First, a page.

the purpose of journalism is to provide a looking glass to our society and
reflect through photos, words, video and film our country; then that’s
what we’ve been doing.
trained our cameras on gang boys shooting one another over drug territory;
on the garbage carelessly thrown by us citizens without pride on our
streets and rivers; on the poor rural families steeped in alcohol, incest
and illiteracy and on the disintegrating infrastructure of roads, drains
been side-tracked from the real issues of literacy, health, poverty,
housing, overspending and under producing. Diversions such as soap operas
about disgraced former ministers of government, querulous picking over the
name of a national award, an openly squabbling power hungry Opposition,
the Chief Justice imbroglio, allegations of government funds being used to
buy votes in advance in the form of housing and make-work programmes.
reflected alarm at our rising obesity; at our lifestyle related diseases;
and at our propensity to consume fat, salt, bread and meat in quantities
that has given us the dubious honour of having the highest incidence of
diabetes and heart disease in the hemisphere.
lest we be called killjoys, we have also splashed our covers and screens
with our beautiful women preening in plumed costumes, an early reminder of
the longest, biggest, party on earth, the Carnival.
the oil flowing at the price that it is, we are not doing too badly. Never
mind the rising prices of food, the shrivelling stock market, the low
production and our absolute failure to launch into any kind of real free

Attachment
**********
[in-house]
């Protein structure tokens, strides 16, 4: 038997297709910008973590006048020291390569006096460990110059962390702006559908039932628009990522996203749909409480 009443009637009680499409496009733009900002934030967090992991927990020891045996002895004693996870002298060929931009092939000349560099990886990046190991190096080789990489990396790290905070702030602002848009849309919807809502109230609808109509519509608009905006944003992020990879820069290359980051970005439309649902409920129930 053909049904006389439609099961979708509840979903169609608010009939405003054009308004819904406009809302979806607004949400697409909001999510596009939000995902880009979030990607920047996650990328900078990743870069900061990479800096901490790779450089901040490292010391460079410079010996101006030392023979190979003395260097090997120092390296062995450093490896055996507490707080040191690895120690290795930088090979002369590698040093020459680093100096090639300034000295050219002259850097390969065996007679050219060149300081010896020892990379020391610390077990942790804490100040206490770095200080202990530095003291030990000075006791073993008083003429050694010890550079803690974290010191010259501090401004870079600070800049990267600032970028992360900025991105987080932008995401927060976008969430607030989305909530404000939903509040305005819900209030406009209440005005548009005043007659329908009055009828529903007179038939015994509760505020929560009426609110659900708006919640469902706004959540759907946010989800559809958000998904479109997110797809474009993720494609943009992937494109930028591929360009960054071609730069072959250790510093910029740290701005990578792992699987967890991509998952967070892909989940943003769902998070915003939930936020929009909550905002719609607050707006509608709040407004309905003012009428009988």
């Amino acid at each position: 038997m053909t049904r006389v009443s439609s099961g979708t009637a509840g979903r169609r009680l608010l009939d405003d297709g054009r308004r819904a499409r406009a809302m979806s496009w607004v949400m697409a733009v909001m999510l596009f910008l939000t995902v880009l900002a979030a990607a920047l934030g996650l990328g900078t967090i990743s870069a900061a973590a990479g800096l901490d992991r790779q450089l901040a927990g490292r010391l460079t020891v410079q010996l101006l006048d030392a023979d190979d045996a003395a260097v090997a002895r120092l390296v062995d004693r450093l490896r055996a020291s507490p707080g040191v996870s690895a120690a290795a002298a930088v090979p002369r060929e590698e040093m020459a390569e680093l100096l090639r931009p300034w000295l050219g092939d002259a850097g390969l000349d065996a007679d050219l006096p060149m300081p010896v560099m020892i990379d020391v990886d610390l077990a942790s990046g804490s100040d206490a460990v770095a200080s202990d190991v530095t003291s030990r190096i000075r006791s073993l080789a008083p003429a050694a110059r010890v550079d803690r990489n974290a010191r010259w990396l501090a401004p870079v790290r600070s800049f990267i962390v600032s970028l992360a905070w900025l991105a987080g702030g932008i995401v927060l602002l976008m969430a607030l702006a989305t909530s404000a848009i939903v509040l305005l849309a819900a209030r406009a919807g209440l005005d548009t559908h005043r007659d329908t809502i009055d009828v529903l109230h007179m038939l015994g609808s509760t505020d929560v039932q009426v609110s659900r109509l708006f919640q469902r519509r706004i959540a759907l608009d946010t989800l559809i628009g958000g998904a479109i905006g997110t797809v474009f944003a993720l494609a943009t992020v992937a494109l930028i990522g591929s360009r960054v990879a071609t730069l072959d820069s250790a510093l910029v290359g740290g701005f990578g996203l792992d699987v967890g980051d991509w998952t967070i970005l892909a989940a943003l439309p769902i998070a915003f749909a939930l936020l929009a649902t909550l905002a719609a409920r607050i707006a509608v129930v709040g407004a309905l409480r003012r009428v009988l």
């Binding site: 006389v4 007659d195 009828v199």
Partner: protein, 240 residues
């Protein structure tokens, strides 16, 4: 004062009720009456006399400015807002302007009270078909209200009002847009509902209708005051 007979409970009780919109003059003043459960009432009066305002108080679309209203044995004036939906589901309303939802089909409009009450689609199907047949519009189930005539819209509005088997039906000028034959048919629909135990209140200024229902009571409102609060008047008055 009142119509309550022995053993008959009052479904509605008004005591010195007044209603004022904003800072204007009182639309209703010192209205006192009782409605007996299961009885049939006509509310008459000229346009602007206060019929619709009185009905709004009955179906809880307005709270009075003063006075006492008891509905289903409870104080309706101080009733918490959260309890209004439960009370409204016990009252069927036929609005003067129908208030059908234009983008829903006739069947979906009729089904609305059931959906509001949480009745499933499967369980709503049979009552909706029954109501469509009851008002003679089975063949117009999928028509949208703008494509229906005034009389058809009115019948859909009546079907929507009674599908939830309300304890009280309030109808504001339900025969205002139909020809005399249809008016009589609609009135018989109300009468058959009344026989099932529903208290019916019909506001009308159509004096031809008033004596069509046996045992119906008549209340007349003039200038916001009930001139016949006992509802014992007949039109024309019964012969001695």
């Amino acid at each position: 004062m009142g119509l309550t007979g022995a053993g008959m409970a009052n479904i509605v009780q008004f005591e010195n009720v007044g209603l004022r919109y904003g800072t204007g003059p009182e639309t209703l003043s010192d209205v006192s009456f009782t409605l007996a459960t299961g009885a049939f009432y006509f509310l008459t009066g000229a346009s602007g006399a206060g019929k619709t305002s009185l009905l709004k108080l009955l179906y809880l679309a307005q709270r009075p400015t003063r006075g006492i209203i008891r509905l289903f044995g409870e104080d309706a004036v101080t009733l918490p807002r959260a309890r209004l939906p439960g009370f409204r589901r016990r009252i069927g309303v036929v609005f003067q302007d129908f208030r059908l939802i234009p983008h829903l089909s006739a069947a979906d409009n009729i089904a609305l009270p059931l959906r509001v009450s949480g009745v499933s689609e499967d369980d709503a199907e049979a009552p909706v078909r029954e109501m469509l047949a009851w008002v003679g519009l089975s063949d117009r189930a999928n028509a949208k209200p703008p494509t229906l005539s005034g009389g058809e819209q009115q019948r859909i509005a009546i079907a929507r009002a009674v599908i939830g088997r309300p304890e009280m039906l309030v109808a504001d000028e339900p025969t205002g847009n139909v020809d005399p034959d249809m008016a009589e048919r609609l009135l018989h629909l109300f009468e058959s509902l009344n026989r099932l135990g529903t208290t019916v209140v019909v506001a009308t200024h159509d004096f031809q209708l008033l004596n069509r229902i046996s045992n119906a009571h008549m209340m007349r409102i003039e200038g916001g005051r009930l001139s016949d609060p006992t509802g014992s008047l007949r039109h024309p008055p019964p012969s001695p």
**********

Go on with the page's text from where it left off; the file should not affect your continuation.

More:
know of two definitions of development. One is philosophical, it maintains
that a truly civilised society is measured by the way it treats its most
vulnerable: children, the elderly, the ill, the dispossessed and the poor.
not entirely dissimilar one, is measurable in global terms. That’s the
United Nations (UN) development index. When last I checked we had slipped.
were, to our shock, among the lowest ranking developing countries in the
world, 13 countries below Barbados—and all Barbados has is beaches. The
UN measures development over the percentage of gross domestic product
(GDP) that a country spends on its health and education. We were spending
far less than countries that are far poorer than ours in natural
HIV/Aids incidence and deaths were rising even as Barbados’ were
falling. And we sent the smallest per cent of our youth to tertiary
education despite the fact that we have a major campus of the University
of the West Indies in our country and compulsory primary and secondary
we must carve out a chunk of space in the looking glass for that
glittering precious bauble our citizens have been handed in the past year
or so—free tertiary education. Applause Applause. Even if this
Government does nothing for its people for the rest of its term, I will
continue to applaud that move. I have come across literally dozens of
bright young people over the years that had the ability and the desire to
become doctors, lawyers, engineers, bio-chemists, geologists and every
other profession under the sun, but lacked the means. So these bright
minds have floated around and faded into nothing.
don’t know if we have the administration or the standards policing put
into place to sift out the young people who genuinely want to learn and
who have the staying power to complete their studies from the floaters who
are wasting public funds.
I do know that with an educated populace contributing their skills to this
country we can pick up the garbage, lower the incidence of HIV/Aids and
save the boys from getting bullets to their brains. See the bauble in the
corner of our looking glass. See it flood us with light.